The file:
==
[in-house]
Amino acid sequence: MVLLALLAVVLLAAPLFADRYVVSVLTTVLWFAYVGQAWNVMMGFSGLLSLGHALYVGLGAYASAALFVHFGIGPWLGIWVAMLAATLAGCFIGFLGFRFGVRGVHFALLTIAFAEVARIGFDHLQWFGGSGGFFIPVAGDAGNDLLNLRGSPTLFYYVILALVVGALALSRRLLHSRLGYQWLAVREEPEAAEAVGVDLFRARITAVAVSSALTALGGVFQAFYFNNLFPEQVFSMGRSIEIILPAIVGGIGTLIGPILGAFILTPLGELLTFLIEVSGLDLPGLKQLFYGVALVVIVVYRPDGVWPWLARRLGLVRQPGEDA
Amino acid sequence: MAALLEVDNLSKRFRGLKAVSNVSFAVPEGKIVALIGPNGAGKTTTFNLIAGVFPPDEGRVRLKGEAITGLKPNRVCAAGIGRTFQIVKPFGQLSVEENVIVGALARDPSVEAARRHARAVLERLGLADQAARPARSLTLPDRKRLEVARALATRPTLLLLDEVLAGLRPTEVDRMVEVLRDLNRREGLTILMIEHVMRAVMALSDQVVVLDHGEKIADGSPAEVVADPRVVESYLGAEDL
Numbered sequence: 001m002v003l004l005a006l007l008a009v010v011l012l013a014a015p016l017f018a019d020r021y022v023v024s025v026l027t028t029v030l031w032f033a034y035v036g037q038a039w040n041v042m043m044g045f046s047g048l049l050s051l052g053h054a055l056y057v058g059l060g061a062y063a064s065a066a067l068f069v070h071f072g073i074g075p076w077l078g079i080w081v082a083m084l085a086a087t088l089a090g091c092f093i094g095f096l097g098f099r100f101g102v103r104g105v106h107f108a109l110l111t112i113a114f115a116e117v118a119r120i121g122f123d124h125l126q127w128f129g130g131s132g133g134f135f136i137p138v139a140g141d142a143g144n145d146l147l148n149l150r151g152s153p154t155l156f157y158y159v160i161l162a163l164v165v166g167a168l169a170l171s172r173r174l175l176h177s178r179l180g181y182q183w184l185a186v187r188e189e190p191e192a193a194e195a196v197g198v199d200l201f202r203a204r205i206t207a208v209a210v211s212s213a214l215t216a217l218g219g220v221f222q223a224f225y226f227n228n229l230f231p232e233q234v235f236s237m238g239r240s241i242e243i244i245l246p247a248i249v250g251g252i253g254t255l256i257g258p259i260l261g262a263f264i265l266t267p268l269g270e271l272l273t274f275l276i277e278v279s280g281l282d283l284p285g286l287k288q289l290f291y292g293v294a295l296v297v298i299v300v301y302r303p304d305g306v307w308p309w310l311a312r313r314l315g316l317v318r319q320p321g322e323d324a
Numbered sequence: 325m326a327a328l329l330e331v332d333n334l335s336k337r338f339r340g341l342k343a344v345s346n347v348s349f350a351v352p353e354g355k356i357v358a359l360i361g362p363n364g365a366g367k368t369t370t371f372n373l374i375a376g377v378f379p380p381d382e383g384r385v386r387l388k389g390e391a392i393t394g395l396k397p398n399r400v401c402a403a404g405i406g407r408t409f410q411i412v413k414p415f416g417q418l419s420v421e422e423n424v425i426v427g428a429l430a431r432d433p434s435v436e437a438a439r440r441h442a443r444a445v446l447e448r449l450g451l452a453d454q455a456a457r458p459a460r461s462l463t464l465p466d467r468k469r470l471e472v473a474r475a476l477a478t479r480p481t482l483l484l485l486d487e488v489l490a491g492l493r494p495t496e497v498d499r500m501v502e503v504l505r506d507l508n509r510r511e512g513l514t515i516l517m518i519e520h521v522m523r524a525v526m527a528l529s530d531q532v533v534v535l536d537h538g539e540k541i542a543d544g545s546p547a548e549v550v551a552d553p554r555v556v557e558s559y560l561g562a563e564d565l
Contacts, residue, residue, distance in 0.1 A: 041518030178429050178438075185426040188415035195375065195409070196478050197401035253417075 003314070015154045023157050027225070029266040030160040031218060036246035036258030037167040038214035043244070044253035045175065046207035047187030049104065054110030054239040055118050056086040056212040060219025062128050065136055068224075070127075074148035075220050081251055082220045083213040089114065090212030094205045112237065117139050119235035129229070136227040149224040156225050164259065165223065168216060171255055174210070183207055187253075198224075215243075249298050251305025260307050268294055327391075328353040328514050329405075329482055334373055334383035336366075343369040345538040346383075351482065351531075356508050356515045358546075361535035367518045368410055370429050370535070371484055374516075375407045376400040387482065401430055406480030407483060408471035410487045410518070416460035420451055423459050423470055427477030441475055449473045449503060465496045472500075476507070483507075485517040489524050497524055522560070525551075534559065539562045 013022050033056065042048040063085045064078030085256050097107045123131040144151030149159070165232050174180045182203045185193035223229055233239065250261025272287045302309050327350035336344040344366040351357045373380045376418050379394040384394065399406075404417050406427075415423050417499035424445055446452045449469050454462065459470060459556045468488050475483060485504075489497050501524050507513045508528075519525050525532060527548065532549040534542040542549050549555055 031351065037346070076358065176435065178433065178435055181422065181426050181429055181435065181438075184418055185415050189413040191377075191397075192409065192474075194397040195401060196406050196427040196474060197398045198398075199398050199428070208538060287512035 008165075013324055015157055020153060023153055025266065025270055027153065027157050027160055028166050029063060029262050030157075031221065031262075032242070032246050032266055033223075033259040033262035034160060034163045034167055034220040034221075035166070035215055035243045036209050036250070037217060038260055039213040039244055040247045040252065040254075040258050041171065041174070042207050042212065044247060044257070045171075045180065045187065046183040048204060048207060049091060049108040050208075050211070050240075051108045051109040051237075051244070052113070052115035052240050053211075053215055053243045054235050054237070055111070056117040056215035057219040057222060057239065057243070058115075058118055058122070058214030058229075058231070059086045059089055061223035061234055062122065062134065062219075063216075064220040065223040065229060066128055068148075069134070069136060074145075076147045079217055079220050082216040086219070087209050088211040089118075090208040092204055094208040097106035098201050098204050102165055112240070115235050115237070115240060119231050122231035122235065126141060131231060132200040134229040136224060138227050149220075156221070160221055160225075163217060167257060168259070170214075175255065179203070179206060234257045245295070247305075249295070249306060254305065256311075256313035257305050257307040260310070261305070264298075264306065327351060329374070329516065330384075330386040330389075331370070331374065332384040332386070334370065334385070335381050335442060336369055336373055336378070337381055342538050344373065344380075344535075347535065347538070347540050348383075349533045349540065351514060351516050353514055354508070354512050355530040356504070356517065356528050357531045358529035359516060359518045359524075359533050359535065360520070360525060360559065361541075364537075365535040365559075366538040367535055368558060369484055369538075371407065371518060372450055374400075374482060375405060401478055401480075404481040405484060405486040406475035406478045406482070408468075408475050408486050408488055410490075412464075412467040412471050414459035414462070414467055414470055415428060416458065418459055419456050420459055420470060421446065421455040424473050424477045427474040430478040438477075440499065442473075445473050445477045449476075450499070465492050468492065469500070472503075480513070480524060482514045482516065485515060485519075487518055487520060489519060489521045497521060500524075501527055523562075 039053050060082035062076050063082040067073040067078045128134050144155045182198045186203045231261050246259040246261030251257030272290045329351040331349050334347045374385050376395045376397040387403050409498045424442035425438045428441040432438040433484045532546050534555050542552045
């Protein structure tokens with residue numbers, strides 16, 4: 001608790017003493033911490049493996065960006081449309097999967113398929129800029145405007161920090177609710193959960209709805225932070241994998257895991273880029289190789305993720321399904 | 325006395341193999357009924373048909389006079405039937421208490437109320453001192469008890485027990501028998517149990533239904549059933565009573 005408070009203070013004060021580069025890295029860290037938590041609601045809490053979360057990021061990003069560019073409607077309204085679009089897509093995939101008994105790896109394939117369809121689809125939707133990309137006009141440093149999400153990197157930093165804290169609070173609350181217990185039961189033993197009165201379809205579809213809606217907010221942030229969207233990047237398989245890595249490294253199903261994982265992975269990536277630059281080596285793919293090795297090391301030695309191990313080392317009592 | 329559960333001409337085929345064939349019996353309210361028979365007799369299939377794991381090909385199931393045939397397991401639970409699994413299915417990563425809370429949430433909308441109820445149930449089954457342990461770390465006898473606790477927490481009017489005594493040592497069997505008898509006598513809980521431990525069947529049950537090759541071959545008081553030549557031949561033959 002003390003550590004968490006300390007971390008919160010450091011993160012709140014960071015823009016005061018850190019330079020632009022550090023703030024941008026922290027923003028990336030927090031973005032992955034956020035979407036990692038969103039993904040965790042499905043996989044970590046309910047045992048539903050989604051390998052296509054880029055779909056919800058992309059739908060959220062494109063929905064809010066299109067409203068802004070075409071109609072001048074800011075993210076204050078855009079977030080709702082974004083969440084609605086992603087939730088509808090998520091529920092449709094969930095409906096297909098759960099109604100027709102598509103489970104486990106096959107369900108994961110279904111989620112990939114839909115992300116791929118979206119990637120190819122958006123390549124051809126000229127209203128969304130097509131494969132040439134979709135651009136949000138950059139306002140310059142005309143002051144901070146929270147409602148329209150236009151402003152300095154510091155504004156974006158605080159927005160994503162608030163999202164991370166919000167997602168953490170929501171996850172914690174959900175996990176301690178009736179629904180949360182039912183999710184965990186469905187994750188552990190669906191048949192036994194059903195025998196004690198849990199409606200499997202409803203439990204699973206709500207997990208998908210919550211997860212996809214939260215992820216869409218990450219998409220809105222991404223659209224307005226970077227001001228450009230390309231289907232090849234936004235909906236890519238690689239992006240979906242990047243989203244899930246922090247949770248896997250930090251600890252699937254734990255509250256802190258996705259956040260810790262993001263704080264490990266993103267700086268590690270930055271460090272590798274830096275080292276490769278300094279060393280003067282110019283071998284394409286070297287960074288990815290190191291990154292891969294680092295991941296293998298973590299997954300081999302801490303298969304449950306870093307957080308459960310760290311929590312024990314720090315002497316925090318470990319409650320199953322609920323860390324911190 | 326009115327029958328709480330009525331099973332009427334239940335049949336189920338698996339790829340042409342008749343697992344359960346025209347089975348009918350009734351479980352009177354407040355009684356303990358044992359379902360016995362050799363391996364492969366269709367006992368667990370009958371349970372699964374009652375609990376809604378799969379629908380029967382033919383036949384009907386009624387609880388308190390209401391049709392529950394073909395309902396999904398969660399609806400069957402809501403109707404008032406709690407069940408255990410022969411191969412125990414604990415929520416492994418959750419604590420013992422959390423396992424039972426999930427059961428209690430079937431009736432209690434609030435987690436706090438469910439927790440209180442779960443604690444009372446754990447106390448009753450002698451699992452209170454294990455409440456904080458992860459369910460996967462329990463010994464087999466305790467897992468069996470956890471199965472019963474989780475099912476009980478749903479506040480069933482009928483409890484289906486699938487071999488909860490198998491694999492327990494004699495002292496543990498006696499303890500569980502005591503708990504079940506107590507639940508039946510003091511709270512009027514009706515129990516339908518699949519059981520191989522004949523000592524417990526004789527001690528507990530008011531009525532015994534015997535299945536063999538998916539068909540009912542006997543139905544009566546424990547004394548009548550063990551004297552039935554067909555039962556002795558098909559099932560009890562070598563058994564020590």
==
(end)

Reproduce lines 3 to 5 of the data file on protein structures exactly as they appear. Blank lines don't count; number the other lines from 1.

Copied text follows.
Amino acid sequence: MAALLEVDNLSKRFRGLKAVSNVSFAVPEGKIVALIGPNGAGKTTTFNLIAGVFPPDEGRVRLKGEAITGLKPNRVCAAGIGRTFQIVKPFGQLSVEENVIVGALARDPSVEAARRHARAVLERLGLADQAARPARSLTLPDRKRLEVARALATRPTLLLLDEVLAGLRPTEVDRMVEVLRDLNRREGLTILMIEHVMRAVMALSDQVVVLDHGEKIADGSPAEVVADPRVVESYLGAEDL
Numbered sequence: 001m002v003l004l005a006l007l008a009v010v011l012l013a014a015p016l017f018a019d020r021y022v023v024s025v026l027t028t029v030l031w032f033a034y035v036g037q038a039w040n041v042m043m044g045f046s047g048l049l050s051l052g053h054a055l056y057v058g059l060g061a062y063a064s065a066a067l068f069v070h071f072g073i074g075p076w077l078g079i080w081v082a083m084l085a086a087t088l089a090g091c092f093i094g095f096l097g098f099r100f101g102v103r104g105v106h107f108a109l110l111t112i113a114f115a116e117v118a119r120i121g122f123d124h125l126q127w128f129g130g131s132g133g134f135f136i137p138v139a140g141d142a143g144n145d146l147l148n149l150r151g152s153p154t155l156f157y158y159v160i161l162a163l164v165v166g167a168l169a170l171s172r173r174l175l176h177s178r179l180g181y182q183w184l185a186v187r188e189e190p191e192a193a194e195a196v197g198v199d200l201f202r203a204r205i206t207a208v209a210v211s212s213a214l215t216a217l218g219g220v221f222q223a224f225y226f227n228n229l230f231p232e233q234v235f236s237m238g239r240s241i242e243i244i245l246p247a248i249v250g251g252i253g254t255l256i257g258p259i260l261g262a263f264i265l266t267p268l269g270e271l272l273t274f275l276i277e278v279s280g281l282d283l284p285g286l287k288q289l290f291y292g293v294a295l296v297v298i299v300v301y302r303p304d305g306v307w308p309w310l311a312r313r314l315g316l317v318r319q320p321g322e323d324a
Numbered sequence: 325m326a327a328l329l330e331v332d333n334l335s336k337r338f339r340g341l342k343a344v345s346n347v348s349f350a351v352p353e354g355k356i357v358a359l360i361g362p363n364g365a366g367k368t369t370t371f372n373l374i375a376g377v378f379p380p381d382e383g384r385v386r387l388k389g390e391a392i393t394g395l396k397p398n399r400v401c402a403a404g405i406g407r408t409f410q411i412v413k414p415f416g417q418l419s420v421e422e423n424v425i426v427g428a429l430a431r432d433p434s435v436e437a438a439r440r441h442a443r444a445v446l447e448r449l450g451l452a453d454q455a456a457r458p459a460r461s462l463t464l465p466d467r468k469r470l471e472v473a474r475a476l477a478t479r480p481t482l483l484l485l486d487e488v489l490a491g492l493r494p495t496e497v498d499r500m501v502e503v504l505r506d507l508n509r510r511e512g513l514t515i516l517m518i519e520h521v522m523r524a525v526m527a528l529s530d531q532v533v534v535l536d537h538g539e540k541i542a543d544g545s546p547a548e549v550v551a552d553p554r555v556v557e558s559y560l561g562a563e564d565l